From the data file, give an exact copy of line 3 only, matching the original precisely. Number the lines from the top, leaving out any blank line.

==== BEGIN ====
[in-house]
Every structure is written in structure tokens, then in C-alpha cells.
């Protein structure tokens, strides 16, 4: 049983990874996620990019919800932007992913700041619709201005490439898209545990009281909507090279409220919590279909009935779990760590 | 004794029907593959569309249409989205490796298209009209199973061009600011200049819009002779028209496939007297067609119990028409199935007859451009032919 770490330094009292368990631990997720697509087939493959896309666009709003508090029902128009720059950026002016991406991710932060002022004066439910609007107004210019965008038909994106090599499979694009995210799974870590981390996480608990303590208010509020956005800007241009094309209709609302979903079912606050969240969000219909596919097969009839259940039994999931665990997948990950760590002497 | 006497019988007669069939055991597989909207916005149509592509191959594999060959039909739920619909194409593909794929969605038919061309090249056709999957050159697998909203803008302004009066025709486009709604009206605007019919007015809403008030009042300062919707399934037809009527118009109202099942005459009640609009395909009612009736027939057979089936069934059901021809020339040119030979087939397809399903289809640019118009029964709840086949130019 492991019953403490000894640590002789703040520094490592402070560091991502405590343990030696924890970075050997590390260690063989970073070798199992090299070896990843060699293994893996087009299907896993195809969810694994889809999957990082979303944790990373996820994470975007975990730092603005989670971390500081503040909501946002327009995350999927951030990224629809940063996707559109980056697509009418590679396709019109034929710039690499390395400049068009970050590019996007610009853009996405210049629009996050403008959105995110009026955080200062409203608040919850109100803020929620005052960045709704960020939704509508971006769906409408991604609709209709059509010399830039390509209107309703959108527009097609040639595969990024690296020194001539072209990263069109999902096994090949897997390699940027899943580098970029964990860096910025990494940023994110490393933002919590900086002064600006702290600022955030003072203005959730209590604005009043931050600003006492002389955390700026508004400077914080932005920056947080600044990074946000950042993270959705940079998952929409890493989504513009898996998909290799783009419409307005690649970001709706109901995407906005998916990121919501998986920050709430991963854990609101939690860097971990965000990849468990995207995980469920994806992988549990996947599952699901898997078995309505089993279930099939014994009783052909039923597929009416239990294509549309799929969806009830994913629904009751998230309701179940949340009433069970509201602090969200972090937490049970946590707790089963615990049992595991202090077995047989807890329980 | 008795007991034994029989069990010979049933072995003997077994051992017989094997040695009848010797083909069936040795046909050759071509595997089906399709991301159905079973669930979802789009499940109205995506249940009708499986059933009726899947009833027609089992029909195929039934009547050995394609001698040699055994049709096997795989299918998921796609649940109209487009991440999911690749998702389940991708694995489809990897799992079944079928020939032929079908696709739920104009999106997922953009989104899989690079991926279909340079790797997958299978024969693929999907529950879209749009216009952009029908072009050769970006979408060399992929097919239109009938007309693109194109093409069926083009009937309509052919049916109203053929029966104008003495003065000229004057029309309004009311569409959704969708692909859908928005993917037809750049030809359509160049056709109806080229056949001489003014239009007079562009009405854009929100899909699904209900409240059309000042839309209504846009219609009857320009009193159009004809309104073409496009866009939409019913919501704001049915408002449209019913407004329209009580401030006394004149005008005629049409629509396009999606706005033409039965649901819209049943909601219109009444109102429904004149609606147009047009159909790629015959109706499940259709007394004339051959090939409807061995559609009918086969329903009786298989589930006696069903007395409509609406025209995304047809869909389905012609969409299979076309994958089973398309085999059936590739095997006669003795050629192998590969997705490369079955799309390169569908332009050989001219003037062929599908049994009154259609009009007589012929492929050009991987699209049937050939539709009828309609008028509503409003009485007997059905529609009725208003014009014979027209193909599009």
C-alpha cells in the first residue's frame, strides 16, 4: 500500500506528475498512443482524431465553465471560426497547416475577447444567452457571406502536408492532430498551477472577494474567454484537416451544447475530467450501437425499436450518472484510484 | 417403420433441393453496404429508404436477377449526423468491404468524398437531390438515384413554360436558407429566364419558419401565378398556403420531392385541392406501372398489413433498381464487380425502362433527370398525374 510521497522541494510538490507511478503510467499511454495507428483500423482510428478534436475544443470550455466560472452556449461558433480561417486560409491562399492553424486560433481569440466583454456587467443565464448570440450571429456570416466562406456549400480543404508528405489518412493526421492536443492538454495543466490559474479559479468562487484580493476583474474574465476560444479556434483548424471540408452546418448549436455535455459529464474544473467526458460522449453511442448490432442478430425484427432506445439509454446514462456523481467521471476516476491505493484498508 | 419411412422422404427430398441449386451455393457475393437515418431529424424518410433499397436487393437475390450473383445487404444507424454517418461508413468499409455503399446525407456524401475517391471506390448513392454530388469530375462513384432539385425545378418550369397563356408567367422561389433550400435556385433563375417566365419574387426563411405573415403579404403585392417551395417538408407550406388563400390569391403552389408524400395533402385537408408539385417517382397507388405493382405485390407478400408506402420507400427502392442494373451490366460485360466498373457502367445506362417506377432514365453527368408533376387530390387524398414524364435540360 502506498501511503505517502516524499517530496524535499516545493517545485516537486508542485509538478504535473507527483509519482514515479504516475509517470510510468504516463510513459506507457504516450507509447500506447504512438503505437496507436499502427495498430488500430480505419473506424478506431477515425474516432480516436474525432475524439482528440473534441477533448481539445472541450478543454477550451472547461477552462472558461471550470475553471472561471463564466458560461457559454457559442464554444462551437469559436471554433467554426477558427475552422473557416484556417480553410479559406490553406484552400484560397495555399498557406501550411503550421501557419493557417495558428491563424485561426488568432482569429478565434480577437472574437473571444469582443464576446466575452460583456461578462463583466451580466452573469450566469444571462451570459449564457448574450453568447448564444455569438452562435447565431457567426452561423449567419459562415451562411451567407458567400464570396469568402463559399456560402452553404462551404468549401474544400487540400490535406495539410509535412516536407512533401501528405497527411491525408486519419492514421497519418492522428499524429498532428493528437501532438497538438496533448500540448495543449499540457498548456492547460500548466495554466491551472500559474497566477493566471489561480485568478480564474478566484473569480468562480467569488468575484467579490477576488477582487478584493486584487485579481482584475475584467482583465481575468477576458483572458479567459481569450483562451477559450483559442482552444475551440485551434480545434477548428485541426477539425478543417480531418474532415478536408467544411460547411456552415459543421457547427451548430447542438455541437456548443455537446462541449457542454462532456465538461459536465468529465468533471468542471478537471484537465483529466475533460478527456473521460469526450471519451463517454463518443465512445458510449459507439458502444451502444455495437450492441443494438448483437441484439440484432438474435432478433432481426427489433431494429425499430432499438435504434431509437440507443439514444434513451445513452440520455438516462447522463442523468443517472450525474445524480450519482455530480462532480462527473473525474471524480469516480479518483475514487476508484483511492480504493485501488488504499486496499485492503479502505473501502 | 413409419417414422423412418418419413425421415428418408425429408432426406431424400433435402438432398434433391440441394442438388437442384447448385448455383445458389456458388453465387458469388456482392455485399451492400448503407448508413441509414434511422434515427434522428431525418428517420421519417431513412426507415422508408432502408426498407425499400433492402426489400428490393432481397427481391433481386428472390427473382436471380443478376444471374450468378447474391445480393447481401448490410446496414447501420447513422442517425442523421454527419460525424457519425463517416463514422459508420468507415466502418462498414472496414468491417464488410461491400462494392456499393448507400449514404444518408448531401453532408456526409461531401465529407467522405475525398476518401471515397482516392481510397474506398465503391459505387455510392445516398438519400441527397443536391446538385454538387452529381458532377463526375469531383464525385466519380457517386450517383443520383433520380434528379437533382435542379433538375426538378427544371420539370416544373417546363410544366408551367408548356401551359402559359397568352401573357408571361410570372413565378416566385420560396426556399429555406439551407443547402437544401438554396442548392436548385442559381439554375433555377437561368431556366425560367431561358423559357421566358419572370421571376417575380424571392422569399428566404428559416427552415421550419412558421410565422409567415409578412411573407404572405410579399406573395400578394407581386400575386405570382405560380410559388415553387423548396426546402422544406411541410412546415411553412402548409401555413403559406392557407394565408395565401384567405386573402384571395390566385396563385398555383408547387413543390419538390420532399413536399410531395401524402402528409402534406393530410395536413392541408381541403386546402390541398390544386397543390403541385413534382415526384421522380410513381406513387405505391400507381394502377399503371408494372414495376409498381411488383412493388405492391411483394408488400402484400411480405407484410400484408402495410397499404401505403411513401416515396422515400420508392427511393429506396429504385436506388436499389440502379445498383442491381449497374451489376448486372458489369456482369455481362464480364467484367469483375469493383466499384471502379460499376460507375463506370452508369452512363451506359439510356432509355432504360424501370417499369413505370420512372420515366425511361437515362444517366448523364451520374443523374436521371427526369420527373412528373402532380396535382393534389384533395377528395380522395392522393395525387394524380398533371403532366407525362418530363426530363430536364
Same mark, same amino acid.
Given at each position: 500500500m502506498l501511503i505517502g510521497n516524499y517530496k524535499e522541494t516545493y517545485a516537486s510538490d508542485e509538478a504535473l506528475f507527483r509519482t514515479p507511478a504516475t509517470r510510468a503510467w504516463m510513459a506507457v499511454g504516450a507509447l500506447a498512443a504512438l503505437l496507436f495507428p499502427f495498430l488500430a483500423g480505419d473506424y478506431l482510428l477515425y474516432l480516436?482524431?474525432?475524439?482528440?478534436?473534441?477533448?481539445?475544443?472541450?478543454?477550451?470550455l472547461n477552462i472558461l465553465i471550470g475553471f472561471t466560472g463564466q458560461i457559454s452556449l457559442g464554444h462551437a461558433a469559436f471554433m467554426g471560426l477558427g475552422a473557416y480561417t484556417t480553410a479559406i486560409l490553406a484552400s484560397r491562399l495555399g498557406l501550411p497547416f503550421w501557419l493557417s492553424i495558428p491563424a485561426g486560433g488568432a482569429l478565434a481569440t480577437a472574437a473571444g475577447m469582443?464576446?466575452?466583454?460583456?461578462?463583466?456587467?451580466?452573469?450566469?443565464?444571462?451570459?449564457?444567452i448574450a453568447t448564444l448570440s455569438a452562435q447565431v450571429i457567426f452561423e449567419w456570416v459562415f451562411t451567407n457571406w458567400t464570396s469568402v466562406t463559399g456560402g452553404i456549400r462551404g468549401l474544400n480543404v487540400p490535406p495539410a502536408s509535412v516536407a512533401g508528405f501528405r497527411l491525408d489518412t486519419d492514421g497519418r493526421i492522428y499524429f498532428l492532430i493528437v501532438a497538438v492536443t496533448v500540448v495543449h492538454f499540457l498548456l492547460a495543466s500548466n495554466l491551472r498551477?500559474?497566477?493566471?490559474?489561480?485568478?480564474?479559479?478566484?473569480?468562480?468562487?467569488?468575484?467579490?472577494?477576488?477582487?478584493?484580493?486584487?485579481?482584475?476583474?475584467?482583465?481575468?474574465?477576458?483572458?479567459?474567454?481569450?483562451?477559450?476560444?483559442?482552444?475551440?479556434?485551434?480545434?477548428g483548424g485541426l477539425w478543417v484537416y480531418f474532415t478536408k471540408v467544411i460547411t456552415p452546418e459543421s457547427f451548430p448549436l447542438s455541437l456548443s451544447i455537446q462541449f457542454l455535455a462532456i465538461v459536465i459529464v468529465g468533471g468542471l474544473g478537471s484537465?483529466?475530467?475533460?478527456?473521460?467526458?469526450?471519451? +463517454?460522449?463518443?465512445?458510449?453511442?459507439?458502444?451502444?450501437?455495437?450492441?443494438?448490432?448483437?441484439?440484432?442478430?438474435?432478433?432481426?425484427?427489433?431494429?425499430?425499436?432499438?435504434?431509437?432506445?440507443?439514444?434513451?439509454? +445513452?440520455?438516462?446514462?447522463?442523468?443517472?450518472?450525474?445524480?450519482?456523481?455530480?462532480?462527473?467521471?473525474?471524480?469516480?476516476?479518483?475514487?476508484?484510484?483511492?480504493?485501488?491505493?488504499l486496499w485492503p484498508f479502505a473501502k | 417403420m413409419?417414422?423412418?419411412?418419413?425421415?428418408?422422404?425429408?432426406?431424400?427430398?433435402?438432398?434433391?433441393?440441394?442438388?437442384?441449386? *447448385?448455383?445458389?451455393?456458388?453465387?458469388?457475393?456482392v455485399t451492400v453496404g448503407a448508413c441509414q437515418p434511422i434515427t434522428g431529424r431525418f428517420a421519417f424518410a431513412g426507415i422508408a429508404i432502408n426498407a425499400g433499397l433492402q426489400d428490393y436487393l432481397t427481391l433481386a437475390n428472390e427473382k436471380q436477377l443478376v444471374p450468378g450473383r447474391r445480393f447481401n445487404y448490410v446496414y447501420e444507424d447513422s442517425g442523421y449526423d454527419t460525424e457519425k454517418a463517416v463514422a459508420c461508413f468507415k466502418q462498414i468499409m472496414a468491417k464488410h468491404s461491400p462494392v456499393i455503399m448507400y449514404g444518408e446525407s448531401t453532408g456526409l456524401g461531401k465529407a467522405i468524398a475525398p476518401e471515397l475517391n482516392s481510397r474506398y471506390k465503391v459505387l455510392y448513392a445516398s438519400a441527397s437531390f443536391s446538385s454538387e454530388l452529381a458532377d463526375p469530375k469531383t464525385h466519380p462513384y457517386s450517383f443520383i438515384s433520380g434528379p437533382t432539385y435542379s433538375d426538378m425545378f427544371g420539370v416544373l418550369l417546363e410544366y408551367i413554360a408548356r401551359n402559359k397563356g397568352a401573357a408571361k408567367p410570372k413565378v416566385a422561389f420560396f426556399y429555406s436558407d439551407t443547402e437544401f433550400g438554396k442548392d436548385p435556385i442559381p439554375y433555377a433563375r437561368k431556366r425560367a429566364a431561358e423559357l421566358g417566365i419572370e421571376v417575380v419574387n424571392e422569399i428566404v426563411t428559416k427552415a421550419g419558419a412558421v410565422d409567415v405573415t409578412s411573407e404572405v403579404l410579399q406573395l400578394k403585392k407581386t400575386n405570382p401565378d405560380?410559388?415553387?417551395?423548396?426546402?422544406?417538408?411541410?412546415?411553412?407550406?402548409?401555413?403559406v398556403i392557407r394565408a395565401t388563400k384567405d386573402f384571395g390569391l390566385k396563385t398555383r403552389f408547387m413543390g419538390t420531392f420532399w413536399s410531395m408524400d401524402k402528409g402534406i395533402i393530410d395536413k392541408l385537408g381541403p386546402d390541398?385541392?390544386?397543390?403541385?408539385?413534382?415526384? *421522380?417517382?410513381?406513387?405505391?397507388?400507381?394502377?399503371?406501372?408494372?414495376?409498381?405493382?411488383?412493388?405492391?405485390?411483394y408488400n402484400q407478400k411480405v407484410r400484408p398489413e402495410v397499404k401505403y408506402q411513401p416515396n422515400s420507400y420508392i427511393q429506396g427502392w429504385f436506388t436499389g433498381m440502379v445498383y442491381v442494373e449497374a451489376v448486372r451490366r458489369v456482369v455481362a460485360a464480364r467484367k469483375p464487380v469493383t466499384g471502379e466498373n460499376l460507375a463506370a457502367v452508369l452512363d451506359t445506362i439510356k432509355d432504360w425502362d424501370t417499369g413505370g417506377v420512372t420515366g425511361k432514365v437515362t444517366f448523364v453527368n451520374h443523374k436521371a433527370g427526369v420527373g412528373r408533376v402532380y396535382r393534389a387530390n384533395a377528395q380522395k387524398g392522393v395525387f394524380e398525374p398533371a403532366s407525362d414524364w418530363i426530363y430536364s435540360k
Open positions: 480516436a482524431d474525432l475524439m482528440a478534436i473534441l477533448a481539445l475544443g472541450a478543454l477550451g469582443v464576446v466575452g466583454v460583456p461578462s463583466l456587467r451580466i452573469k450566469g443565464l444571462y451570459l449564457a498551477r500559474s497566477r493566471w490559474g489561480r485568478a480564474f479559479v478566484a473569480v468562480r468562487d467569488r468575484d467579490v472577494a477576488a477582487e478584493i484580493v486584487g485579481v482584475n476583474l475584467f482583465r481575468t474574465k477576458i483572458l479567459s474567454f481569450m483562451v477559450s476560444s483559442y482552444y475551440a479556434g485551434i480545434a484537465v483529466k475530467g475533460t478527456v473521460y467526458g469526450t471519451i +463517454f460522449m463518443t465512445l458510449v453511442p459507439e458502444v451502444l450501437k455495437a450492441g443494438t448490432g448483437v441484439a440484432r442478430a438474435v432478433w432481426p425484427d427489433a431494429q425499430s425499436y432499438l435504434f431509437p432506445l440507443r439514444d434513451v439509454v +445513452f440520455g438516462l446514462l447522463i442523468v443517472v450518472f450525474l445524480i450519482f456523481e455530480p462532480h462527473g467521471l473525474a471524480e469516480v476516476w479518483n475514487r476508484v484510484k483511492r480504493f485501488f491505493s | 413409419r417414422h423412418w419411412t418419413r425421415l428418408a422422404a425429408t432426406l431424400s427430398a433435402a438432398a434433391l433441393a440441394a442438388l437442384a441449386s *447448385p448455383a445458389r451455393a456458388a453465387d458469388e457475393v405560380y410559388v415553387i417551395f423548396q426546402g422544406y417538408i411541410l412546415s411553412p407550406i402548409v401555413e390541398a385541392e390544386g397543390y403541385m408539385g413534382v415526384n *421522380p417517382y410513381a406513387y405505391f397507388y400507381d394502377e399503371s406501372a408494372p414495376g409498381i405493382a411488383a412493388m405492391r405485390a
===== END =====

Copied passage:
């Protein structure tokens, strides 16, 4: 049983990874996620990019919800932007992913700041619709201005490439898209545990009281909507090279409220919590279909009935779990760590 | 004794029907593959569309249409989205490796298209009209199973061009600011200049819009002779028209496939007297067609119990028409199935007859451009032919 770490330094009292368990631990997720697509087939493959896309666009709003508090029902128009720059950026002016991406991710932060002022004066439910609007107004210019965008038909994106090599499979694009995210799974870590981390996480608990303590208010509020956005800007241009094309209709609302979903079912606050969240969000219909596919097969009839259940039994999931665990997948990950760590002497 | 006497019988007669069939055991597989909207916005149509592509191959594999060959039909739920619909194409593909794929969605038919061309090249056709999957050159697998909203803008302004009066025709486009709604009206605007019919007015809403008030009042300062919707399934037809009527118009109202099942005459009640609009395909009612009736027939057979089936069934059901021809020339040119030979087939397809399903289809640019118009029964709840086949130019 492991019953403490000894640590002789703040520094490592402070560091991502405590343990030696924890970075050997590390260690063989970073070798199992090299070896990843060699293994893996087009299907896993195809969810694994889809999957990082979303944790990373996820994470975007975990730092603005989670971390500081503040909501946002327009995350999927951030990224629809940063996707559109980056697509009418590679396709019109034929710039690499390395400049068009970050590019996007610009853009996405210049629009996050403008959105995110009026955080200062409203608040919850109100803020929620005052960045709704960020939704509508971006769906409408991604609709209709059509010399830039390509209107309703959108527009097609040639595969990024690296020194001539072209990263069109999902096994090949897997390699940027899943580098970029964990860096910025990494940023994110490393933002919590900086002064600006702290600022955030003072203005959730209590604005009043931050600003006492002389955390700026508004400077914080932005920056947080600044990074946000950042993270959705940079998952929409890493989504513009898996998909290799783009419409307005690649970001709706109901995407906005998916990121919501998986920050709430991963854990609101939690860097971990965000990849468990995207995980469920994806992988549990996947599952699901898997078995309505089993279930099939014994009783052909039923597929009416239990294509549309799929969806009830994913629904009751998230309701179940949340009433069970509201602090969200972090937490049970946590707790089963615990049992595991202090077995047989807890329980 | 008795007991034994029989069990010979049933072995003997077994051992017989094997040695009848010797083909069936040795046909050759071509595997089906399709991301159905079973669930979802789009499940109205995506249940009708499986059933009726899947009833027609089992029909195929039934009547050995394609001698040699055994049709096997795989299918998921796609649940109209487009991440999911690749998702389940991708694995489809990897799992079944079928020939032929079908696709739920104009999106997922953009989104899989690079991926279909340079790797997958299978024969693929999907529950879209749009216009952009029908072009050769970006979408060399992929097919239109009938007309693109194109093409069926083009009937309509052919049916109203053929029966104008003495003065000229004057029309309004009311569409959704969708692909859908928005993917037809750049030809359509160049056709109806080229056949001489003014239009007079562009009405854009929100899909699904209900409240059309000042839309209504846009219609009857320009009193159009004809309104073409496009866009939409019913919501704001049915408002449209019913407004329209009580401030006394004149005008005629049409629509396009999606706005033409039965649901819209049943909601219109009444109102429904004149609606147009047009159909790629015959109706499940259709007394004339051959090939409807061995559609009918086969329903009786298989589930006696069903007395409509609406025209995304047809869909389905012609969409299979076309994958089973398309085999059936590739095997006669003795050629192998590969997705490369079955799309390169569908332009050989001219003037062929599908049994009154259609009009007589012929492929050009991987699209049937050939539709009828309609008028509503409003009485007997059905529609009725208003014009014979027209193909599009």